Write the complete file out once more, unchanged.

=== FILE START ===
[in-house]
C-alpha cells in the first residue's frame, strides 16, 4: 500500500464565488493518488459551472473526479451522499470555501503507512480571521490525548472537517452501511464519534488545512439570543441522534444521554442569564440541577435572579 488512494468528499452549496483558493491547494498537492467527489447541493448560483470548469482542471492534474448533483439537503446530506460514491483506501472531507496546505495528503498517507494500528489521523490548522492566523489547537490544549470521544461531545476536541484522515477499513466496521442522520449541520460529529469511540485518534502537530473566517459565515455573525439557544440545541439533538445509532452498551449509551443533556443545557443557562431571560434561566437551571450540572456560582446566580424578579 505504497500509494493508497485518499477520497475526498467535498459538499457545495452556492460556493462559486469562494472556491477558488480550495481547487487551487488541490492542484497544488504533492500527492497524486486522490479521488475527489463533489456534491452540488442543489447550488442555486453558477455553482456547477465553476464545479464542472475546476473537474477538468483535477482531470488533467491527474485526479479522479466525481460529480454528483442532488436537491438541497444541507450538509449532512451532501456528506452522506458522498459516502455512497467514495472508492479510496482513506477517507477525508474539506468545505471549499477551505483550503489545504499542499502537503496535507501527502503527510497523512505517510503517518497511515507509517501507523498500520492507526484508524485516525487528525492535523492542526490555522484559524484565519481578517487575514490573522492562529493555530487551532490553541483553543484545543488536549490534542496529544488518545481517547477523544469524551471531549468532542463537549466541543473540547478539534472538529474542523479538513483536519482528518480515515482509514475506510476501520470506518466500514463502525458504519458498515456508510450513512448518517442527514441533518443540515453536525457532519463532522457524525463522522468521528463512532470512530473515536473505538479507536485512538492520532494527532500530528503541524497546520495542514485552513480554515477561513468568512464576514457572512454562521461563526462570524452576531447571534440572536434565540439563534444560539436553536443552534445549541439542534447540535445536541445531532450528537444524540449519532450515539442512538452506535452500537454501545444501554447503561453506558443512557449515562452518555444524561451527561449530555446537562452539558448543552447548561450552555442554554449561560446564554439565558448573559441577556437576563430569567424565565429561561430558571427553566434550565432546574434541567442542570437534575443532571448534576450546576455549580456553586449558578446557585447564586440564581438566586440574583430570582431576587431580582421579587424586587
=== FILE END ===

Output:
[in-house]
C-alpha cells in the first residue's frame, strides 16, 4: 500500500464565488493518488459551472473526479451522499470555501503507512480571521490525548472537517452501511464519534488545512439570543441522534444521554442569564440541577435572579 488512494468528499452549496483558493491547494498537492467527489447541493448560483470548469482542471492534474448533483439537503446530506460514491483506501472531507496546505495528503498517507494500528489521523490548522492566523489547537490544549470521544461531545476536541484522515477499513466496521442522520449541520460529529469511540485518534502537530473566517459565515455573525439557544440545541439533538445509532452498551449509551443533556443545557443557562431571560434561566437551571450540572456560582446566580424578579 505504497500509494493508497485518499477520497475526498467535498459538499457545495452556492460556493462559486469562494472556491477558488480550495481547487487551487488541490492542484497544488504533492500527492497524486486522490479521488475527489463533489456534491452540488442543489447550488442555486453558477455553482456547477465553476464545479464542472475546476473537474477538468483535477482531470488533467491527474485526479479522479466525481460529480454528483442532488436537491438541497444541507450538509449532512451532501456528506452522506458522498459516502455512497467514495472508492479510496482513506477517507477525508474539506468545505471549499477551505483550503489545504499542499502537503496535507501527502503527510497523512505517510503517518497511515507509517501507523498500520492507526484508524485516525487528525492535523492542526490555522484559524484565519481578517487575514490573522492562529493555530487551532490553541483553543484545543488536549490534542496529544488518545481517547477523544469524551471531549468532542463537549466541543473540547478539534472538529474542523479538513483536519482528518480515515482509514475506510476501520470506518466500514463502525458504519458498515456508510450513512448518517442527514441533518443540515453536525457532519463532522457524525463522522468521528463512532470512530473515536473505538479507536485512538492520532494527532500530528503541524497546520495542514485552513480554515477561513468568512464576514457572512454562521461563526462570524452576531447571534440572536434565540439563534444560539436553536443552534445549541439542534447540535445536541445531532450528537444524540449519532450515539442512538452506535452500537454501545444501554447503561453506558443512557449515562452518555444524561451527561449530555446537562452539558448543552447548561450552555442554554449561560446564554439565558448573559441577556437576563430569567424565565429561561430558571427553566434550565432546574434541567442542570437534575443532571448534576450546576455549580456553586449558578446557585447564586440564581438566586440574583430570582431576587431580582421579587424586587